Even got the Future Farmers of America (FFA) involved? :smile:I had a guy I work with that was called by both Local Leo's and the FFA for shooting down a drone. It would hover over his pool every time his wife and daughters were out!
After contacting him a couple times, and him both admitting he shot it, and giving up the wreckage, they lost interest and quit calling him.
My guess is the Perv with a plane did not want to talk about what he was doing with it. DR
Last week, I was in my driveway and heard a noise. I turned around and a drone was 15 feet behind me at eye level. I will admit a few thoughts crossed my mind. But, seeing as it was too low to peer into a window, I avoided fire and gave consideration to using a broom.That is illegal too. Doing pretty much anything to a drone even over your property is off-limits, they're protected the same as any aircraft. Just shining a laser pointer at one could land you in the same trouble as shining one at a commercial jet liner.
Yeah Im just saying that it happens far, far, far, less than people think its happening. I used to train with a guy whos job it is to design radio transmission systems, and he actually uses drones in order to move the systems away from him, and then test the signal strength and clarity, etc. There would be people asking him why he was flying over their houses, etc, etc, why he was spying on him and everything. The drone had no cameras, its only job was to get a certain distance from the transmitter, broadcast a signal, and return home. Several people though that because the drone stopped above their house for a few seconds, that it was for ulterior motives, while infact it was just a random coincidence that it showed up there.@TheGurgeMan it's the second scenario we are discussing. The peeping toms, or the criminals, checking things out remotely. Well, peeping toms are a subset of criminals, or at least deviants. Keeping their perversions in check will only help keep them from escalating their behavior to far worse things.
Brings to mind a cool story from my Navy days. A friend of mine was big on the history of flying aces and he got me interested in reading up on it. There was an Israeli pilot, Major (later General) Shlomo Egozi during the Arab-Israeli war, who became a flying ace in one pass, without firing a weapon. It is probably the only time it has ever happened in the history of air combat.Lots of farmers fly. Time to fire up the Cessna or crop dusters. I wonder what kind of turbulence a close pass might cause.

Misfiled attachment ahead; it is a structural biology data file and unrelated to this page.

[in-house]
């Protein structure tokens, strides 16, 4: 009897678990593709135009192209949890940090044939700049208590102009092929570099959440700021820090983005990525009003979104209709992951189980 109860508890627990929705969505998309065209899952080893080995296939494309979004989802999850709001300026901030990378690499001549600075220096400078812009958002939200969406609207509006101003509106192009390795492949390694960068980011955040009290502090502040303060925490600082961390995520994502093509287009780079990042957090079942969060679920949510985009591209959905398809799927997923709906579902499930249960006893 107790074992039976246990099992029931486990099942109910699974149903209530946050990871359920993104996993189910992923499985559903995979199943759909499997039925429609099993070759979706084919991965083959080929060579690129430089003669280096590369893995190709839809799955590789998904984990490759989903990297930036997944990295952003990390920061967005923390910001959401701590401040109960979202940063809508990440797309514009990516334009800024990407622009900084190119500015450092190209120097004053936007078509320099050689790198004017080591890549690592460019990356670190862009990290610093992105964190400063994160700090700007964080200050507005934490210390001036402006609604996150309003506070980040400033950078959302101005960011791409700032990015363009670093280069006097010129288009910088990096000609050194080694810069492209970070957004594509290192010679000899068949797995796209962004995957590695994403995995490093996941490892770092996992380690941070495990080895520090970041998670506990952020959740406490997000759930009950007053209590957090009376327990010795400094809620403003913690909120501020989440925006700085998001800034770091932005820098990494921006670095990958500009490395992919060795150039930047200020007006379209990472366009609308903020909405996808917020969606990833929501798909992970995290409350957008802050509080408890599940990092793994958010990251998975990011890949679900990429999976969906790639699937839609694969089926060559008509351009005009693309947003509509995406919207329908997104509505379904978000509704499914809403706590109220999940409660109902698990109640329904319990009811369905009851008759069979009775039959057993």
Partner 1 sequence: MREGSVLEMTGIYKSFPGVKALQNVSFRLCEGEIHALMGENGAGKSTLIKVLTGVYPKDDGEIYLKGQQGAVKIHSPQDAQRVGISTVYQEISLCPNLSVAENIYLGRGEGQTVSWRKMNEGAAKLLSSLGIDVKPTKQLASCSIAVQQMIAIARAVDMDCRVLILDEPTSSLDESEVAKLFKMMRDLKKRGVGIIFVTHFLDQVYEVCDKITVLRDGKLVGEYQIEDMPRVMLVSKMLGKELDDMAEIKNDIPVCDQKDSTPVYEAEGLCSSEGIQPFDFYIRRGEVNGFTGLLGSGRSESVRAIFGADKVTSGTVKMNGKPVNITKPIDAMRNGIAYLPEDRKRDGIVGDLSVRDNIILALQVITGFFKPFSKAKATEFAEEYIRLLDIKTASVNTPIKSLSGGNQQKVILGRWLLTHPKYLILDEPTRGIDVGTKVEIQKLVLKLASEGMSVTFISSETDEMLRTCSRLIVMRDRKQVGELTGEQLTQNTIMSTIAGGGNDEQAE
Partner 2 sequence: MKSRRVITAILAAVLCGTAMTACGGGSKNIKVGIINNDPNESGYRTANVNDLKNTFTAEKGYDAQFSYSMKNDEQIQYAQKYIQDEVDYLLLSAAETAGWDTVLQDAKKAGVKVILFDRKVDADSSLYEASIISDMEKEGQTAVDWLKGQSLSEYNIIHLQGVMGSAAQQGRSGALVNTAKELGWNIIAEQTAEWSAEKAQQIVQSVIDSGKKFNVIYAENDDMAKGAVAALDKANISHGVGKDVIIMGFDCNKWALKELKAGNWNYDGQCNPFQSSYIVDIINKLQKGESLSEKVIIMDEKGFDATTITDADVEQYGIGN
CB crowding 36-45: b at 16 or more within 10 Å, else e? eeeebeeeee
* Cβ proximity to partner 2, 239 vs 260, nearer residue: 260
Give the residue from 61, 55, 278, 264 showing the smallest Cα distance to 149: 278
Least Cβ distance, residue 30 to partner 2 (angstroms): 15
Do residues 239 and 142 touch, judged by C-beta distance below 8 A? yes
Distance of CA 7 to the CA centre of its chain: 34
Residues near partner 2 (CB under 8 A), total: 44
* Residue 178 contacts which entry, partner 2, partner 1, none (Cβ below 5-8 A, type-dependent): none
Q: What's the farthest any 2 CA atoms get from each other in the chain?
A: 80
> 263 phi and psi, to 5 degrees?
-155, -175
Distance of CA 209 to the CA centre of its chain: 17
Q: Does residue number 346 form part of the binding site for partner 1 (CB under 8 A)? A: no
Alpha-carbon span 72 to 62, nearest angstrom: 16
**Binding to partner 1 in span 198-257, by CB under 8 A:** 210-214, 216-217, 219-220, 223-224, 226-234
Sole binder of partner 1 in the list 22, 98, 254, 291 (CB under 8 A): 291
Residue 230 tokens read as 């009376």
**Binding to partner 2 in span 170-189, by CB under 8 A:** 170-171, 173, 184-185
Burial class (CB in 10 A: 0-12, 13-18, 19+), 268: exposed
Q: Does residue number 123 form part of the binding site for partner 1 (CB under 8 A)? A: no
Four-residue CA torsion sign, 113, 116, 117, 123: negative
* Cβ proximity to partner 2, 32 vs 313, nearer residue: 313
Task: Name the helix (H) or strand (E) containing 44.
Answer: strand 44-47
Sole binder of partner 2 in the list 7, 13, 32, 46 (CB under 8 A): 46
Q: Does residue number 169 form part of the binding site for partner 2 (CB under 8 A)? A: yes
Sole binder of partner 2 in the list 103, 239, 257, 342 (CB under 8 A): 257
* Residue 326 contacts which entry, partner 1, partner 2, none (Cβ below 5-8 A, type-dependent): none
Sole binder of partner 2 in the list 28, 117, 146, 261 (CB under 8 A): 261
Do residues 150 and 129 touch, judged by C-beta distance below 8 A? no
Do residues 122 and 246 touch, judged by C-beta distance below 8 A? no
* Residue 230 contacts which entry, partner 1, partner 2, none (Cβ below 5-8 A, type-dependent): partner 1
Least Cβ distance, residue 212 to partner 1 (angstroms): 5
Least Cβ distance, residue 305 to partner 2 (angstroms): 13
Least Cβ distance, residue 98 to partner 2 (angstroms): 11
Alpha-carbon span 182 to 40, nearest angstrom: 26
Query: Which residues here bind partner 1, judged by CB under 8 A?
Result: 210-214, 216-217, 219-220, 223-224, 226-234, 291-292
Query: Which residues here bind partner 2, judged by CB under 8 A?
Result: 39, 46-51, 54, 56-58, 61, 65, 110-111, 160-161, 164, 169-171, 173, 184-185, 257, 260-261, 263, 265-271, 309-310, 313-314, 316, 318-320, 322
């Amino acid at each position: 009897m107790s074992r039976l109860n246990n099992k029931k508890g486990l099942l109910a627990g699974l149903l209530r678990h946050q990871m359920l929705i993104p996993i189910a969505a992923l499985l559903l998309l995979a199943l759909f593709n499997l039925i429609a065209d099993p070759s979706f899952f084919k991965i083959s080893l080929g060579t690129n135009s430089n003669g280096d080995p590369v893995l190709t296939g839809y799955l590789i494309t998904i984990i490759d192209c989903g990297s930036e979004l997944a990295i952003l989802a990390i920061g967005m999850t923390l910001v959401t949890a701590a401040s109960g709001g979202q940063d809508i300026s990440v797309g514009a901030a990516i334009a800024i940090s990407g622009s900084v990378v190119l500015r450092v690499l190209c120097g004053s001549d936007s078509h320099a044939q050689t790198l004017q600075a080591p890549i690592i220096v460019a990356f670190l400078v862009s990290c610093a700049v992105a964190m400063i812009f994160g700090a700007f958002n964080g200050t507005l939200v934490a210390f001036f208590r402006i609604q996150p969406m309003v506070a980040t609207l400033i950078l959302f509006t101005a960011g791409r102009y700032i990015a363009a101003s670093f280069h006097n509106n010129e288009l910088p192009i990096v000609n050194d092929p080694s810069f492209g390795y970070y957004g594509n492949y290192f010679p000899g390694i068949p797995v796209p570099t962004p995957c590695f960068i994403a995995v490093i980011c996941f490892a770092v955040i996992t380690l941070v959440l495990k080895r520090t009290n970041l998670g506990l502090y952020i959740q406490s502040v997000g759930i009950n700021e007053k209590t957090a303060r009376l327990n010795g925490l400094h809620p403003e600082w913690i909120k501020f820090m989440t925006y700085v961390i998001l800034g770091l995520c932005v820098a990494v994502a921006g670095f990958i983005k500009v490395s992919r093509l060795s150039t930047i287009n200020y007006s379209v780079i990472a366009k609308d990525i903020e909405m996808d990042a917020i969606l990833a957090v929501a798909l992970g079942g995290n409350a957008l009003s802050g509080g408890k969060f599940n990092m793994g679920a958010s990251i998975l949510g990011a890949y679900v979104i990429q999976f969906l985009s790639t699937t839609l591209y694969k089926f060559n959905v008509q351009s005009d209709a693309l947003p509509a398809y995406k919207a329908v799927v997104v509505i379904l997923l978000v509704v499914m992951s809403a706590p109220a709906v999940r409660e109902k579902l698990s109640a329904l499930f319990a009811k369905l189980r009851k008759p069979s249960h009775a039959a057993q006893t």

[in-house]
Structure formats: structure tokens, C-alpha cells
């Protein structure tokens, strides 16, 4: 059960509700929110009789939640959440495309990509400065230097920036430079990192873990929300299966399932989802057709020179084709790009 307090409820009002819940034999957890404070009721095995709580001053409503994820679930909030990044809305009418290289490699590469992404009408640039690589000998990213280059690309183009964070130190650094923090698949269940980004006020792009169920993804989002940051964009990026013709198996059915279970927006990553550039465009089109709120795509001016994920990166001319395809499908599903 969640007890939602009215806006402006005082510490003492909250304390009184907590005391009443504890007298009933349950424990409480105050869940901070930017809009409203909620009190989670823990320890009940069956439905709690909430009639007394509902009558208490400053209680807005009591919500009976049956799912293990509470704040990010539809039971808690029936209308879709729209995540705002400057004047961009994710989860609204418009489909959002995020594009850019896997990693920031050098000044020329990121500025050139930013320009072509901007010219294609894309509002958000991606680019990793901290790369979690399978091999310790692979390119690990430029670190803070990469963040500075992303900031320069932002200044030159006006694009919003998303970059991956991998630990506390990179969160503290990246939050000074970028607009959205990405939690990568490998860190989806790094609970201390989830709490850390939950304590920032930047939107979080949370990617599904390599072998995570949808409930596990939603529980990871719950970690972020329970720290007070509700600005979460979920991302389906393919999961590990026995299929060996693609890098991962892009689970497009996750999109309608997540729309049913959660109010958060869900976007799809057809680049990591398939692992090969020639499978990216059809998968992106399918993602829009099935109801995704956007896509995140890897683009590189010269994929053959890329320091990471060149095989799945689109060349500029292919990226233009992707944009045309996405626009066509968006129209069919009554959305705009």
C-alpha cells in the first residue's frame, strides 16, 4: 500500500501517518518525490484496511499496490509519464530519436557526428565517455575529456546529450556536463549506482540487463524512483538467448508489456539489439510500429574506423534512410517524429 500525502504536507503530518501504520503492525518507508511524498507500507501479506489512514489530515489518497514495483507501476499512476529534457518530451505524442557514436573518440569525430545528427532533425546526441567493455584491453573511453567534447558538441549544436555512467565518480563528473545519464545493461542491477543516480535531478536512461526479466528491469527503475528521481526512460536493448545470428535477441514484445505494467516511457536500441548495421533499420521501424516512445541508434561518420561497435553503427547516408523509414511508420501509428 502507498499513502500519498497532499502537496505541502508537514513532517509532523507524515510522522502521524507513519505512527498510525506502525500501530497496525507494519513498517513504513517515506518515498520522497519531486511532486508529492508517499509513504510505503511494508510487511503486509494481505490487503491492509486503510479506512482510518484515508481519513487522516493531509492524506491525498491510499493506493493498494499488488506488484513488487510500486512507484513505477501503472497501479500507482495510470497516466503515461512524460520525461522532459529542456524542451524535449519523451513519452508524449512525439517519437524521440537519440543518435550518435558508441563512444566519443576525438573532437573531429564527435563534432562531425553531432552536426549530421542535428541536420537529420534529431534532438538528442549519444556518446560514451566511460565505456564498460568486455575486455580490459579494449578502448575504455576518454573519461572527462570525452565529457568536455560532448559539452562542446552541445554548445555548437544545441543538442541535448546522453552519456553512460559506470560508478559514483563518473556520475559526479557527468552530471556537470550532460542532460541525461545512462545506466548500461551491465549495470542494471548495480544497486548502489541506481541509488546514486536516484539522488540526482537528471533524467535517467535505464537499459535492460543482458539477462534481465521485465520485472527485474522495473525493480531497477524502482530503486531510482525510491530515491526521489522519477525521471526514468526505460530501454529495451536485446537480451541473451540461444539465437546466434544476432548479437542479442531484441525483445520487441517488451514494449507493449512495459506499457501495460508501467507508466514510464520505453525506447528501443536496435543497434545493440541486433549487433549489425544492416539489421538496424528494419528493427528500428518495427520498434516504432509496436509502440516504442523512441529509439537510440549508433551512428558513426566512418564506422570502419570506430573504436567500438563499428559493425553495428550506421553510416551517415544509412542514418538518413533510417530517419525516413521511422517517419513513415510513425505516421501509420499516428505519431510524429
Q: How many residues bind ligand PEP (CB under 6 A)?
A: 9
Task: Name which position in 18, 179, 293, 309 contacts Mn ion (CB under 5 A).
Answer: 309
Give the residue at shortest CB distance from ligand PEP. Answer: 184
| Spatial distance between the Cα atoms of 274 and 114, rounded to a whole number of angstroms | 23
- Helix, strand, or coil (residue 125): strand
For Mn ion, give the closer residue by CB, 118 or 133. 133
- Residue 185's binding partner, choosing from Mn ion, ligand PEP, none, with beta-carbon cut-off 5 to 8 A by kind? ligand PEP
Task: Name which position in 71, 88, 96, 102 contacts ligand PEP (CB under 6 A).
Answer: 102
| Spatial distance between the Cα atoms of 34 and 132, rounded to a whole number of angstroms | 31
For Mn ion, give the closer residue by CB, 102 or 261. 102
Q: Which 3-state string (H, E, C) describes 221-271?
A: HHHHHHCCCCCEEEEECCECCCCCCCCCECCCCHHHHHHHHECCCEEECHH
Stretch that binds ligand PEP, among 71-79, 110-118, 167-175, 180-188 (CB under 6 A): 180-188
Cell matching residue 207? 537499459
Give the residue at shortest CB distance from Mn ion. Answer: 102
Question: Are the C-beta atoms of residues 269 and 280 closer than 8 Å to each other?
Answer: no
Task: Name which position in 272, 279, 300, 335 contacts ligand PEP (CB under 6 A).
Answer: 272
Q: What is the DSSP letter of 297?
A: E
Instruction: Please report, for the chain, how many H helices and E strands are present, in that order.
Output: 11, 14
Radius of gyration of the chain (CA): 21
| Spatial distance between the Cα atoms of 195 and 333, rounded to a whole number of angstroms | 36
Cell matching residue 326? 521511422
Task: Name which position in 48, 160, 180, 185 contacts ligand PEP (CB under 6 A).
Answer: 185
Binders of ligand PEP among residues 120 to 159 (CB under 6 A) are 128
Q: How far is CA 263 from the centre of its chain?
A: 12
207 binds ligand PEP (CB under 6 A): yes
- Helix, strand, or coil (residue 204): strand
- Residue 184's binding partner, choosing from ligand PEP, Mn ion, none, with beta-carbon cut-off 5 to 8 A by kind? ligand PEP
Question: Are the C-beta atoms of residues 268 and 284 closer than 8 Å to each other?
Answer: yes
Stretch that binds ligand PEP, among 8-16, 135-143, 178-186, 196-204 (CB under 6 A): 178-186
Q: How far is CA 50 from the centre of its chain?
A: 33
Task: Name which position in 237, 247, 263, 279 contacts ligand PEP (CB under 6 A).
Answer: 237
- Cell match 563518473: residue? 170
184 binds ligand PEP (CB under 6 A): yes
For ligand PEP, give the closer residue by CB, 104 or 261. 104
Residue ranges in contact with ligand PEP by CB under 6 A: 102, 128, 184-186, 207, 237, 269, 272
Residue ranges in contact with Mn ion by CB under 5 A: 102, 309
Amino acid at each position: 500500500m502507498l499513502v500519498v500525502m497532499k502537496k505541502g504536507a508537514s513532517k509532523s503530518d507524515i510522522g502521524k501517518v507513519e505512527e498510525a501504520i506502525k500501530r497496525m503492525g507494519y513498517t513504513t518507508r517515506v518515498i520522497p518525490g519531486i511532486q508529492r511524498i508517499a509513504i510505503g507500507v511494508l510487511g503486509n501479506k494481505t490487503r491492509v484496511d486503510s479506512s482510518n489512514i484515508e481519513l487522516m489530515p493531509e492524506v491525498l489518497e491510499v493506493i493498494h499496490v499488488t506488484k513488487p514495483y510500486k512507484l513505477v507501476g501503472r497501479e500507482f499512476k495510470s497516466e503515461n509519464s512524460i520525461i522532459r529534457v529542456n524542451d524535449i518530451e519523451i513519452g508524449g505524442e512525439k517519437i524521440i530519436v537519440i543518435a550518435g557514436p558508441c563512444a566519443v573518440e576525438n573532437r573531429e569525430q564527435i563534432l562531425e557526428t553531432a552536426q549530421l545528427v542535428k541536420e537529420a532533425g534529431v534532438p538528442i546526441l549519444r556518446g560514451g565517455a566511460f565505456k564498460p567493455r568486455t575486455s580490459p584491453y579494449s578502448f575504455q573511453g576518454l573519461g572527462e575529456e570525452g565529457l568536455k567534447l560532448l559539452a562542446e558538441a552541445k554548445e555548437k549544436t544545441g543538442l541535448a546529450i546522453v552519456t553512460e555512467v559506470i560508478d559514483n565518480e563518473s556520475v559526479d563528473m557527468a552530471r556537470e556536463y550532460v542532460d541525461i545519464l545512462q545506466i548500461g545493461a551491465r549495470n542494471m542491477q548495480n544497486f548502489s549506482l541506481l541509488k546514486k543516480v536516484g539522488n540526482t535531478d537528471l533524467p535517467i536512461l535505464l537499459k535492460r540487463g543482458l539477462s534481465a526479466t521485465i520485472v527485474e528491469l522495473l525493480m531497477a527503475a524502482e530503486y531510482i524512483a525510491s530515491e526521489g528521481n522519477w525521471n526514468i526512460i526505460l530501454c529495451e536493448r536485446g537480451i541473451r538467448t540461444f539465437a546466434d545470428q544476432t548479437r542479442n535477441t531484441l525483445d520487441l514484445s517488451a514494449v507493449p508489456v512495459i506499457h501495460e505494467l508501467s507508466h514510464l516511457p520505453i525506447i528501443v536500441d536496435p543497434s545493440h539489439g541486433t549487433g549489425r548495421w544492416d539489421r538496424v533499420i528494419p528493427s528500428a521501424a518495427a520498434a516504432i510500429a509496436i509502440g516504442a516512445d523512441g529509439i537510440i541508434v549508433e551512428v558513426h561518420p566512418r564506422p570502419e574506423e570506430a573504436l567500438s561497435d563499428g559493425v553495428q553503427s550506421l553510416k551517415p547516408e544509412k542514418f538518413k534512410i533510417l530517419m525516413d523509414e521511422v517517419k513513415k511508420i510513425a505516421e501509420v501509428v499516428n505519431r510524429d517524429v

I suspect that if criminals stopped casing places to commit violent crimes and the government and tech companies would stop spying on American citizens, we wouldn't be so disturbed by them. You think?......People nowadays are way too paranoid that someone is trying to get some insider info on them or some candid photos. I really wish that I thought random people cared that much for me, but I know they dont.
We need more SAMs.Its all legal guys. Its actually the University of Colorado Boulder using their drone swarm to test a new form of terrestrial mapping for agriculture.
Being a gun guy, and a guy who also builds and flys my own drones, I don't understand why people are so against drones. They do great things, provide aid where needed, accomplish tasks, and are even just a fun hobby in general (like shooting.) I would say that 99.9% of drone pilots don't care who or what they are looking at, they are just flying around to get the experience of flying, they don't do it to spy on people. Most drones barely have cameras over cell phone quality, so anything further than 50 feet away, you start to struggle to tell who or what it is with any sort of clarity. From 150 feet up, moving at 20 mph, and with the oscillations from the propellers, its nigh impossible to even tell that it is a person.
Also, now that since about 2017 the FAA has made it so that drone pilots have to register their drones with them, it makes all legally registered and operated drones aircrafts, and its a felony to shoot at, or shoot down an aircraft.
Now if the drone is like 25 feet over your property, and has been there for like 10 mins getting close ups of the inside of your house, thats a much different situation from a guy flying by at 100 feet up.
I think a drone hovering over your sunbathing wife or grandkids in a pool is not quite what I'm talking about, egregious and I would say a rare occurrence in the drone world. That's def a different story. That's a perv that probably needs his clock cleaned.I suspect that if criminals stopped casing places to commit violent crimes and the government and tech companies would stop spying on American citizens, we wouldn't be so disturbed by them. You think?
@glocknjeep You and I both know there are flyover restricted parts of the country where your little Cessna might get shot down at worst, or you could end up in Leavenworth. You do know about ADIZ regulations, right? I'm sorry if some pilots get a little hot about the issue. I cannot really figure a valid reason for a drone to be hovering 25 feet above my back yard when Mrs OldChap is out sunbathing or my great grand children are swimming. Having worked with a police department for almost 10 years, I know that police and prosecutors have a great deal of latitude in how they enforce the law when it comes to someone shooting down such intrusions.